The timing and length of burning seasons in different parts of the world depend on climate, land-cover characteristics, and human activities. In this study, global burned area estimates are used in conjunction with global gridded distributions of agricultural land-cover types (defined as the sum of cropland and pasture area) to separate the seasonality of agricultural burning practices from that of non-agricultural fire.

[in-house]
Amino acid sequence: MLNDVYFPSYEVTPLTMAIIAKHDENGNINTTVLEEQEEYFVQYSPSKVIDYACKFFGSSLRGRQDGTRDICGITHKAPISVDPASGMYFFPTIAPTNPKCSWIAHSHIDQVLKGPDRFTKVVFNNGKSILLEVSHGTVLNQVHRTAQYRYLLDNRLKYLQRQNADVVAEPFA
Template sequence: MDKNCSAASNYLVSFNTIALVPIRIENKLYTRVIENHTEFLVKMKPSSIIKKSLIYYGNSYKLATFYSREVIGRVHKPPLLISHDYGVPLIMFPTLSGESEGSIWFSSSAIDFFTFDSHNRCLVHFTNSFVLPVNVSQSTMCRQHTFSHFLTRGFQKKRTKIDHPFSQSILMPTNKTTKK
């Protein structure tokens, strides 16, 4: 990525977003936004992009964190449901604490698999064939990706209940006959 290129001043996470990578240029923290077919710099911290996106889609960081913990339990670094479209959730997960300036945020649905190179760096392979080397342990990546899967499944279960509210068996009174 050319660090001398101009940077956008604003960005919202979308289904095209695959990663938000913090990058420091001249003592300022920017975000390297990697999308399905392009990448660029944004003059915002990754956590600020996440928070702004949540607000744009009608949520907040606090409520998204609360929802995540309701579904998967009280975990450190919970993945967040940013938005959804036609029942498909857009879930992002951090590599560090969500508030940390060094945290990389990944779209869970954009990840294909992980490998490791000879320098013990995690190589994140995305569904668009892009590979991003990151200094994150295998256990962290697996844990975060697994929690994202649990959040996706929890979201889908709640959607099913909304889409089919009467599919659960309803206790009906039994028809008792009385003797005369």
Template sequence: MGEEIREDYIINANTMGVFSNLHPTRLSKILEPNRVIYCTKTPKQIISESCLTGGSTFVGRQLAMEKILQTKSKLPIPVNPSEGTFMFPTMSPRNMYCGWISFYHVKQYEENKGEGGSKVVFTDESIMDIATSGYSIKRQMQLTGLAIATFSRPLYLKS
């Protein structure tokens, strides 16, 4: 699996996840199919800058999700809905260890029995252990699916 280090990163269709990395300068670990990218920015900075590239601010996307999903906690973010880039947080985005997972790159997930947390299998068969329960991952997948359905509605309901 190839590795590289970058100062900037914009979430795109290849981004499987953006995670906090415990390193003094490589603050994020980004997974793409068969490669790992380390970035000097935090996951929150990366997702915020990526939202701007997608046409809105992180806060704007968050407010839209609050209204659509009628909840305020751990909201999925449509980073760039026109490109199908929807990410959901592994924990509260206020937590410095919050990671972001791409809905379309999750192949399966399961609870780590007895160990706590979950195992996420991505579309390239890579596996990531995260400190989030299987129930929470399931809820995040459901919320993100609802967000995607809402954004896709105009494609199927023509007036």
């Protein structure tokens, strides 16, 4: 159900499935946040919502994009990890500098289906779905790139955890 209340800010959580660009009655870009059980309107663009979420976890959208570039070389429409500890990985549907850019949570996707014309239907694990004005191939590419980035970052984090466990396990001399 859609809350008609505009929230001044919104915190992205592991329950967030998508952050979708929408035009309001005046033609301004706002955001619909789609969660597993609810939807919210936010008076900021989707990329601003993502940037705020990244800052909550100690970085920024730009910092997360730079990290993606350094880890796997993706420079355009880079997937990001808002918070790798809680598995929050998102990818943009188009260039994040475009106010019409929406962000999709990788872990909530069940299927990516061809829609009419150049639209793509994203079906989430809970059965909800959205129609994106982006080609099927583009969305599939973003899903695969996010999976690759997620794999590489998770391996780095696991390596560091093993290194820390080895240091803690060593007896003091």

The results presented in this study show that agricultural and non-agricultural land experience broadly different fire seasonality patterns that are not always linked to climate conditions. We highlight these differences on a regional basis, examining variations in both agricultural land cover and associated cultural practices to help explain our results. While we discuss two land-cover categories, the methods can be generalized to derive seasonality for any number of land uses or cover types. This will be useful as global fire models evolve to be fully interactive with land-use and land-cover change in the next generation of Earth system models.